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     " If fighting against a nigh-invulnerable enemy for the beliefs of a populace of Pabst-swigging, Jackass-watching plebes is your cup of tea, by all means, pick up a copy. "

      Title: Mage: the Ascension, Second Edition Revised Core Book by White Wolf

      Format: Roleplaying Core Book

      Reviewing Monkey: Genghis Kong

      The Hype: The much-anticipated update of the popular Mage game line core rules and theme, for compatibility with the system "upgrade" White Wolf has performed on its three most popular titles (Vampire, Werewolf, Mage) and all later releases (Hunter, Exalted, Adventure). Find out the results of the great Ascension War and update your story and plot resources while revisiting the familiar system and finding new alterations and fine-tuning. Is it an improvement on the old, or is it the New Coke of RPG alterations? Read on, dear viewer.

      What This Monkey Thought...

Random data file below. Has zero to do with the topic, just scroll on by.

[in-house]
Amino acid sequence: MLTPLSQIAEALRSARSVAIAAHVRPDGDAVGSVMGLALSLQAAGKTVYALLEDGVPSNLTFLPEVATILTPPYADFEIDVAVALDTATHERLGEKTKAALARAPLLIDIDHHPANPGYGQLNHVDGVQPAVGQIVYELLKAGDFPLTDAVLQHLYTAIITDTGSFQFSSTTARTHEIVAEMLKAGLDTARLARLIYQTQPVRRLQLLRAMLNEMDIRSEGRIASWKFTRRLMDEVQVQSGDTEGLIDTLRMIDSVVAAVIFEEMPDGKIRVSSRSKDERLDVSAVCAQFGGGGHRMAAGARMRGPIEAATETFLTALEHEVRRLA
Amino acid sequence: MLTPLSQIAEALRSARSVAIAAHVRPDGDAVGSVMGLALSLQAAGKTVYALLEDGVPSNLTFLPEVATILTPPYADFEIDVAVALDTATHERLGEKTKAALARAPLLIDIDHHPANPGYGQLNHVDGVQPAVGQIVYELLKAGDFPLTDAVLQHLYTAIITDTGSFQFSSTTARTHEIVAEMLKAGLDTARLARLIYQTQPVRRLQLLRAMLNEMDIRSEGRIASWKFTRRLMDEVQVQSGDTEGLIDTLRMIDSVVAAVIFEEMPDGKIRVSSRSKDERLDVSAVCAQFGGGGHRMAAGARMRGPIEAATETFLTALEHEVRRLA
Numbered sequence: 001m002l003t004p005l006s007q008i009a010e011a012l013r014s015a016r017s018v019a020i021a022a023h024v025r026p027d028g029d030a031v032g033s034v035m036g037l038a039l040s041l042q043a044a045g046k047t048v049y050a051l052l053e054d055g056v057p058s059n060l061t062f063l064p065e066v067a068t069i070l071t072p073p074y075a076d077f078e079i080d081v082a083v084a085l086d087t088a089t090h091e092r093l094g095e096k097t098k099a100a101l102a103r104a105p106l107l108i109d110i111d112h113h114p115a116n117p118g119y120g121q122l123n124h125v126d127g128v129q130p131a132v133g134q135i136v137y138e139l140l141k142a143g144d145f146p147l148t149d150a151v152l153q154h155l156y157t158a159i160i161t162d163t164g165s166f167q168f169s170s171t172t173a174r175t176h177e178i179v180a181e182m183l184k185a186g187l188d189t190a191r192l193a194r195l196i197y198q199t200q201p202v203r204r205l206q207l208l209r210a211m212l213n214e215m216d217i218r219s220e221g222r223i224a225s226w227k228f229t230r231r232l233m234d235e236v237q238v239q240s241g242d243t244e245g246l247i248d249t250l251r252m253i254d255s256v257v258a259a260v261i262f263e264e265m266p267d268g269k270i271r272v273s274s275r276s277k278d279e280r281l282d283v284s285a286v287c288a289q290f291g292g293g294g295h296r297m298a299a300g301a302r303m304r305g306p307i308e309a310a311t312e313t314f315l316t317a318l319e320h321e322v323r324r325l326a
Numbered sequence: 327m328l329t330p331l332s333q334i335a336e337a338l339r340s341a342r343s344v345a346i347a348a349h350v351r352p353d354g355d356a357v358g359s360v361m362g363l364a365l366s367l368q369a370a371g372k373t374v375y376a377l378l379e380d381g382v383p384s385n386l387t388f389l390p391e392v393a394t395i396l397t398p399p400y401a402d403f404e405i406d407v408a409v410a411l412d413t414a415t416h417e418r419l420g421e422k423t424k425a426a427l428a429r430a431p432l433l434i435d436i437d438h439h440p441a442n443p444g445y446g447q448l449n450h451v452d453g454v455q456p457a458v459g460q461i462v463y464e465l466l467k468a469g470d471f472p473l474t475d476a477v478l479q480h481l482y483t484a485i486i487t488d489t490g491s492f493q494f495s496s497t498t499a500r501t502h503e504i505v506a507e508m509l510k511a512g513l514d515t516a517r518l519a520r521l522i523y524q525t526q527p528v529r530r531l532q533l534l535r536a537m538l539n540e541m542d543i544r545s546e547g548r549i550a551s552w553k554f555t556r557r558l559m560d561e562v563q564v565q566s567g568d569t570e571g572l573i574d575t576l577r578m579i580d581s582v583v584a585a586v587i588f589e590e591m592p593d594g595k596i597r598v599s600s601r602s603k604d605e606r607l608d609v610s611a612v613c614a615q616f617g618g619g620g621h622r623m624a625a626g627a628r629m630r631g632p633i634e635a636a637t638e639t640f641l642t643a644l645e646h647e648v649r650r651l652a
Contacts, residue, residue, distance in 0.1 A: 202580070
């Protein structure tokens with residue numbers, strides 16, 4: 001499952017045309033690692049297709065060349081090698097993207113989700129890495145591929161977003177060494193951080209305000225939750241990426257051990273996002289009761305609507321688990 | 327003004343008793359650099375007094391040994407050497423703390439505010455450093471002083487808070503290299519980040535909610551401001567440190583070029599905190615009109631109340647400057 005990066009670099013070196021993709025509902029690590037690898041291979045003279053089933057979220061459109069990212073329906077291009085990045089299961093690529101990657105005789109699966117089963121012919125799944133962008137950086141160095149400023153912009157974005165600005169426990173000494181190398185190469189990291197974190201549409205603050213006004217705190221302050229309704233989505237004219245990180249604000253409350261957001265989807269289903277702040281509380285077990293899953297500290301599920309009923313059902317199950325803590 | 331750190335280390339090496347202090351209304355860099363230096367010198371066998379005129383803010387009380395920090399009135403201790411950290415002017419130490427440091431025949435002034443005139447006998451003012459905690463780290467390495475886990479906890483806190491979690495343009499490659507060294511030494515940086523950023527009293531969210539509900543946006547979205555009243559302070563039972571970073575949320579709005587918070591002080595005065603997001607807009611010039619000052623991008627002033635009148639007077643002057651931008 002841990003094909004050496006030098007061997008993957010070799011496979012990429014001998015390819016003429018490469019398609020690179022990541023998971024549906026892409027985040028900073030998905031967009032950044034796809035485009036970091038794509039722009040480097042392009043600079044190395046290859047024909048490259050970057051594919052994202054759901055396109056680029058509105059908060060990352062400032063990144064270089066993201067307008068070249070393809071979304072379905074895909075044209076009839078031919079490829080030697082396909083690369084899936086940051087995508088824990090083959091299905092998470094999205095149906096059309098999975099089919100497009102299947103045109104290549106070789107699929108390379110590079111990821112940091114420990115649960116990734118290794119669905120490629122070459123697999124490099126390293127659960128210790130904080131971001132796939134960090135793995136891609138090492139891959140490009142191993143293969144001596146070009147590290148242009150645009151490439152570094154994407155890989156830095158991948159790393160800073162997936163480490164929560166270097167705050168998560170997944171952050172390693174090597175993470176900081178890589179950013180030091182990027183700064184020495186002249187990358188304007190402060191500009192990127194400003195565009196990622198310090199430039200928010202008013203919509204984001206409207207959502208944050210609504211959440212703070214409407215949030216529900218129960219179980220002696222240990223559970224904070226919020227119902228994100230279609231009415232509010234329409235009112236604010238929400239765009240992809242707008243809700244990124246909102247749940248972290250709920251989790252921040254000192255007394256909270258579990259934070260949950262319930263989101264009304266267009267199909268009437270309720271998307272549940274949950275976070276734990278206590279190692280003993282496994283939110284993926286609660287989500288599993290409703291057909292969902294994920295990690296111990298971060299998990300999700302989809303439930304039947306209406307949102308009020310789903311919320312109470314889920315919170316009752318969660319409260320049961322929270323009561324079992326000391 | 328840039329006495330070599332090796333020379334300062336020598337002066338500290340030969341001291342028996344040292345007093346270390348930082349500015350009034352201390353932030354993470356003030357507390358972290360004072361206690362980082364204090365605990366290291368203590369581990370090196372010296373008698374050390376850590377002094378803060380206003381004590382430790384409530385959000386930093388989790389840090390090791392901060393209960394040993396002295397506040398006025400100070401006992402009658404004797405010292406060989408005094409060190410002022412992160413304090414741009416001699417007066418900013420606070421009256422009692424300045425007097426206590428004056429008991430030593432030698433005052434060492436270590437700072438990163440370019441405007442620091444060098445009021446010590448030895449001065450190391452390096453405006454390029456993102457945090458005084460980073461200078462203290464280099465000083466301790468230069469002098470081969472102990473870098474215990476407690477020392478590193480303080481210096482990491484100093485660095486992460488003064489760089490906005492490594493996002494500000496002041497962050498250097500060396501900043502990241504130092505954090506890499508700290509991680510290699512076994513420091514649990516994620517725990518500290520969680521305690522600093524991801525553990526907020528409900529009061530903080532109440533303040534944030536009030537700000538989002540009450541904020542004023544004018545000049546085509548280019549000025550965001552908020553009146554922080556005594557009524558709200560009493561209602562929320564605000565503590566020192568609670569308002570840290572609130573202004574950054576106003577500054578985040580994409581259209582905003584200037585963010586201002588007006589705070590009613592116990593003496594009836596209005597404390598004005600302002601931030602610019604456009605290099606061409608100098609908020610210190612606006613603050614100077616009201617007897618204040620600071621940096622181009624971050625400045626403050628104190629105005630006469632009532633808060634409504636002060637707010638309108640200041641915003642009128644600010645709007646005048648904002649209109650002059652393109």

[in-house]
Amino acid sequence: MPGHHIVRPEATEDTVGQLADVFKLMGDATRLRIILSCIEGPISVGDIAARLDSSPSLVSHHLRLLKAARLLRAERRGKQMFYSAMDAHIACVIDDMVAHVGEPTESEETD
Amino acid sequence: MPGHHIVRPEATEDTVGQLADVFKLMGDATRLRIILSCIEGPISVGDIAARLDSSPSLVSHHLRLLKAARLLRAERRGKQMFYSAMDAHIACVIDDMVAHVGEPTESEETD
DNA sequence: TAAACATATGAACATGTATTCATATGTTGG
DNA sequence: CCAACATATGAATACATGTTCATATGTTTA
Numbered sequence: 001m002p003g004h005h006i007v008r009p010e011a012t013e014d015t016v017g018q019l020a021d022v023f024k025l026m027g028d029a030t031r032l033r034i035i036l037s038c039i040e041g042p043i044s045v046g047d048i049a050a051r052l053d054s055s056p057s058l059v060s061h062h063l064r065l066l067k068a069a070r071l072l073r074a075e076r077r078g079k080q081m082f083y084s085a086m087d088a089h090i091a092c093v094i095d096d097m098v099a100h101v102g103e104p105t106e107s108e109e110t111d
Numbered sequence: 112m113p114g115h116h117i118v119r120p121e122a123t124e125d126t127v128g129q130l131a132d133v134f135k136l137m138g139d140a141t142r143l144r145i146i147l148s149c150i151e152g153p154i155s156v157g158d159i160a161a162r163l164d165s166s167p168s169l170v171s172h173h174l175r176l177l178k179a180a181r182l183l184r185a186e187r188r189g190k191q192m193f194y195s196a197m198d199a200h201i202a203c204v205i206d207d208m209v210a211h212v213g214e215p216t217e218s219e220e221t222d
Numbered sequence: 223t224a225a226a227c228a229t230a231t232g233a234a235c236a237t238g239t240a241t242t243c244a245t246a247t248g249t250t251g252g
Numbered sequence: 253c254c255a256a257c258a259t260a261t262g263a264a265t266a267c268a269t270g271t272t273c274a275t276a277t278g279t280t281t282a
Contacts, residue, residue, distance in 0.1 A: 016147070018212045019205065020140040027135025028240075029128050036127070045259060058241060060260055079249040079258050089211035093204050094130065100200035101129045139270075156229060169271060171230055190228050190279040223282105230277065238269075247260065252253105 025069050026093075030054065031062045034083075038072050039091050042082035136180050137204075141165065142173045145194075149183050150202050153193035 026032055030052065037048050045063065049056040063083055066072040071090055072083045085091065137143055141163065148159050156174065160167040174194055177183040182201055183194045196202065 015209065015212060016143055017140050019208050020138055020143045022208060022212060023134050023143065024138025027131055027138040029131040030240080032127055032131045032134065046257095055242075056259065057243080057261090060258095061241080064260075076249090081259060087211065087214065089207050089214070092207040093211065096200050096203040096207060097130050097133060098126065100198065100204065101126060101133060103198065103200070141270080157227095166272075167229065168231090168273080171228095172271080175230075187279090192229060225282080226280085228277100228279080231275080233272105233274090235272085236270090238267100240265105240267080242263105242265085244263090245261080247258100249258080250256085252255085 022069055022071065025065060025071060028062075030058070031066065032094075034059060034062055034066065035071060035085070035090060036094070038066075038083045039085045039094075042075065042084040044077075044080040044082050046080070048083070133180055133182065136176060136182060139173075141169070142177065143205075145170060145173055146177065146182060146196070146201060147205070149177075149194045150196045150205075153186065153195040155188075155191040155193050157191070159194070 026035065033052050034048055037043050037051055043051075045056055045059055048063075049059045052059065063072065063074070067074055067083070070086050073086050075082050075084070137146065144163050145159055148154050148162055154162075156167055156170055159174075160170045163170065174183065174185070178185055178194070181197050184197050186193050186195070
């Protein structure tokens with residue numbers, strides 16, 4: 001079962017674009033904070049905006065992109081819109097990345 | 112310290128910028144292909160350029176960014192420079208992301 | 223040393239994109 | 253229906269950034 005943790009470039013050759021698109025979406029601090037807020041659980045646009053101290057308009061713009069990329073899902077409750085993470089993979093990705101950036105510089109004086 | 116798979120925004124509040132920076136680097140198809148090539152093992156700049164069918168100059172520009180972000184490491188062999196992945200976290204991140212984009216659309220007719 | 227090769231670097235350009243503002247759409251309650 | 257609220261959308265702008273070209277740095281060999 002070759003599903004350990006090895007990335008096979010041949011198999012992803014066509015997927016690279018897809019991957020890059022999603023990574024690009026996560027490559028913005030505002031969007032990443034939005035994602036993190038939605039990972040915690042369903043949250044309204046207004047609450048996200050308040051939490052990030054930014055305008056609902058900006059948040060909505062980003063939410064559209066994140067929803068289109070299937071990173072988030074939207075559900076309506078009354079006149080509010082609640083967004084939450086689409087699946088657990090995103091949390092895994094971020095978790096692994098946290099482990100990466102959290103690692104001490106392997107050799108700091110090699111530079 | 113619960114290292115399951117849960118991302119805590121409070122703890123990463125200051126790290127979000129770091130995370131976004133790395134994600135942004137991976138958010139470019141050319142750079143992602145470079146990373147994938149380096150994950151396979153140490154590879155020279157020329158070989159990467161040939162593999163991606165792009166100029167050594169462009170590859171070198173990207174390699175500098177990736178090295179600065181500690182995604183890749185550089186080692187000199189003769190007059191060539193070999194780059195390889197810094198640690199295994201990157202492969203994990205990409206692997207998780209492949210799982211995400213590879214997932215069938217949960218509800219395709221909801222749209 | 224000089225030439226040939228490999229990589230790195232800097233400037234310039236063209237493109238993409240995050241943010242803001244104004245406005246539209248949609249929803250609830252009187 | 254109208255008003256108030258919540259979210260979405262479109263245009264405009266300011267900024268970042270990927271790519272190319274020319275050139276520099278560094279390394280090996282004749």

Story and Drama: When it comes to back story and complicated plotlines, White Wolf is the king of beers… err, roleplaying games. They are renown for their ability to reach into the deep annals of history and plant the roots of their story, creating intricate and complicated histories that stay believable all the way to modern nights and leave the reader neck-deep in theme and detail. This, of course, keeps the readers coming back for more, and leads to the grand sales of many White Wolf supplements tailored specifically to broaden the players' knowledge of the theme rather than the systems. Mage itself deals with the Awakened, people who have gone through a spiritual metamorphosis and found themselves able to manipulate reality itself. In this latest addition to the game line, the immensely popular Mage is updated for modern times, and does not fail to disappoint with its already rich history supplemented by a heavy dose of recent events, which turn the willworkers' world upside-down. You see, for centuries the Nine Traditions (a society of Awakened individuals with the ability to alter reality in ways we would call magic) have fought against the Technocracy (an organization of Awakened individuals whose abilities lend themselves to science and the codifying of reality) in a great philosophical battle known as the Ascension War. In previous editions of Mage, the intent of the game was to play a Tradition mage who railed against the Technocracy in defense of magic, but Mage Revised blows that theme out of the water by presenting a definitive end to the Ascension War in which no side wins. The Technocracy, in their quest to influence the masses into believing that magic does not exist and that science is the answer to all life's problems, has all but crushed the Nine Traditions under their boot heel and convinced the modern populace that magic is a fairy tale. Unfortunately, they've done their jobs too well, and the couch potato society they've fostered no longer cares about science, either, thus leading the war into an uncomfortable détente. At the same time, a storm in the Umbra (the spirit realm which exists outside of but parallel to our own world) has separated the world's greatest mages from those on Earth, and all who try to cross the Gauntlet between realms find their Avatar (the source of their magic) shredded and destroyed by cutting Umbral winds. You are set to play the role of a young, newly-Awakened mage, cut adrift from the elders of your society and a refugee of a war that can no longer be won. So the major changes are that the Traditions lost the Ascension War, mages are cut off from the Umbra (for all intents and purposes), and the focus of the game is now a last-ditch rage against the dying of the light in the world. This is, unfortunately, too sappy and angst-ridden for this Monkey, who finds himself unimpressed by making an already losing battle lost, and then asking you to play a character who gives a damn. 3.5 out of 5.